Twenty years ago, the fall of the Berlin Wall promised great hope that Cold War divides would vanish, ushering in a new era of peace and security based on what Mikhail Gorbachev called a “common European home” and George H.W. Bush called a “Europe whole and free.”
Over the intervening years this moment never arrived, but neither has the hope died. This month, the three of us will launch an international commission to build the intellectual framework for an inclusive transatlantic security system for the 21st century – the Euro-Atlantic Security Initiative (EASI) – devised and formed by the Carnegie Endowment for International Peace.
The events of 1989, stunning and wondrous as they still seem, remind us of how much remains undone, and how important it is to bring fresh thinking to the core questions: What does European security mean in our day? What are the key challenges to it? How can existing structures, principles, and institutions be reconciled and strengthened to meet these challenges? What must be added or changed? Nested within these fundamental questions are the many common perils facing all of our countries – from the spread of weapons of mass destruction to the instability created by the unresolved conflicts that dot the continent; from the threat of terrorism to the uncertainties of climate change and the frictions surrounding the stable supply of energy.
These are not questions for tomorrow. Unaddressed they virtually guarantee that the core tension between Russia and the West will remain – and constantly at risk of worsening. The uncertainties surrounding Europe's unfinished security agenda – uncertainties sharply focused by the events of the last two years – not only leave important parts of Europe insecure and capable of generating trouble for all, but they seriously impede progress on the day's most urgent problems.
There will be less success in controlling, let alone eliminating nuclear weapons, if either Russia or key NATO states are on edge over security arrangements in this crucial region. Progress on climate change will be slow unless those countries most important to a solution have a broad stake in cooperation. Co-operation in dealing with the turbulent areas of the world has slim prospects, if co-operation does not prevail in the case of Europe's own trouble spots. And the list goes on.
To address these questions afresh, in the hope of finding substantial common ground, the commission will look comprehensively at the full range of security challenges facing our countries, assess the capacity of existing institutions to cope with them, and recommend steps by which the great swathe of nations from the Atlantic to the Urals could be transformed into a genuinely common security space. The aim must be a community of nations where all generally agree on the security threats they confront, believe co-operation is crucial in coping with them, and work seriously to overcome the obstacles to it.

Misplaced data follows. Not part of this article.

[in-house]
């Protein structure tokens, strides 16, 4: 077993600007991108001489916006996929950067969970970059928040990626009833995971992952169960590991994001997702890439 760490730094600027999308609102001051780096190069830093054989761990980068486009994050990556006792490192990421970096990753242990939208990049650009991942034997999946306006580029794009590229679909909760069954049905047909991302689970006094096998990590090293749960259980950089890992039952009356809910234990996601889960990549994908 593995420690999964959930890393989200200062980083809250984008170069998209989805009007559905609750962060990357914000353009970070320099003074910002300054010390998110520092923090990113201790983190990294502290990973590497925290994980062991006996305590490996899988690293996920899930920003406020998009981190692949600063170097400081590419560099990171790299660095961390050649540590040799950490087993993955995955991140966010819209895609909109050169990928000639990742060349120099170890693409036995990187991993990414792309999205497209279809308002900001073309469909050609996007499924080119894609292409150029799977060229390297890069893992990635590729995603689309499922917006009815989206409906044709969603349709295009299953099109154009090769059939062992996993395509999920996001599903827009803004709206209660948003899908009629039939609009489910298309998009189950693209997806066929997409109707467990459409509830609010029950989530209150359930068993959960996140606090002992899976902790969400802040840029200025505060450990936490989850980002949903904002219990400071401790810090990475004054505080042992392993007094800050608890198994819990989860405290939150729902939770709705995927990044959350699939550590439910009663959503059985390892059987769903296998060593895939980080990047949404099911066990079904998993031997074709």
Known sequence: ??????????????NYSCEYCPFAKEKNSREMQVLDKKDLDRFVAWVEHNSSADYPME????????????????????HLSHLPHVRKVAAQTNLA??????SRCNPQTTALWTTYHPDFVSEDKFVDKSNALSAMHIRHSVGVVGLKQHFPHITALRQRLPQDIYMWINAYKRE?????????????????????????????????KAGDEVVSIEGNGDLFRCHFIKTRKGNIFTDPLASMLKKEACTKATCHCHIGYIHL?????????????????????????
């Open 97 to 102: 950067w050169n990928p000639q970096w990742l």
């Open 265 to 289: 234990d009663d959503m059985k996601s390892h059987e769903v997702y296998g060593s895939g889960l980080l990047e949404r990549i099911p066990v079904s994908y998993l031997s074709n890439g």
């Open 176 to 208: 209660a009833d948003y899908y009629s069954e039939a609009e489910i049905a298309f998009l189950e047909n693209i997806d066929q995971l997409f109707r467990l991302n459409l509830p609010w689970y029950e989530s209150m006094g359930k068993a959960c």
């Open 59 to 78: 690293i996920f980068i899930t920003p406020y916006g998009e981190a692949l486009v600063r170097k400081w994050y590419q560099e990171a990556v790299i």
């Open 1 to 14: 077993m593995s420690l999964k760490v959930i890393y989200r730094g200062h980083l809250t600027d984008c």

We know this will not be easy. The security challenges facing our countries are many, diverse, and difficult, and our differences in defining and addressing them are considerable. The accumulation of past disappointments, enduring suspicions, and damaging misperceptions weighs heavily. Thinking small, however, will get us nowhere. Hence, without losing sight of Europe's realities, we intend to approach the task by conceiving of security broadly: a domain encompassing not only the traditional threats to national peace of mind, but new sources of unease, including energy and environmental insecurity. Determining how these new and old threats relate to one another, and then how best to integrate the response to them stands as a key challenge for the Commission.
The starting points
Our starting points, we well understand, are the hard, unanswered questions of the moment: What is the path to greater security for those countries standing outside the continent's existing security institutions? How can tension-filled relationships, such as that between Russia and Georgia be eased and set on a more constructive course? What could be the elements of a more comprehensive European security architecture? And how can Europe's existing institutional framework including NATO and the OSCE as well as more recently created organizations, such as the Collective Security Treaty Organisation, be enhanced to deal more effectively with the immediate threats of nuclear proliferation, terrorism, the conflict over resources, the flow of narcotics, duelling pipeline projects, and the tattered state of conventional arms control?
We do not pretend to be able to answer all of these questions, so we are all the more eager to co-operate with others who intend to address various elements of this formidable agenda. Nor do we start from the assumption that an improved security environment in Europe can or should be predicated on a major recasting of institutions, including the European Union and NATO. But we are convinced that we will all benefit if our nations can find ways to give traditional forms of security cooperation the added underpinning of a vibrant common economic space, across which goods and services, including oil and gas, capital, people, and ideas, can freely flow.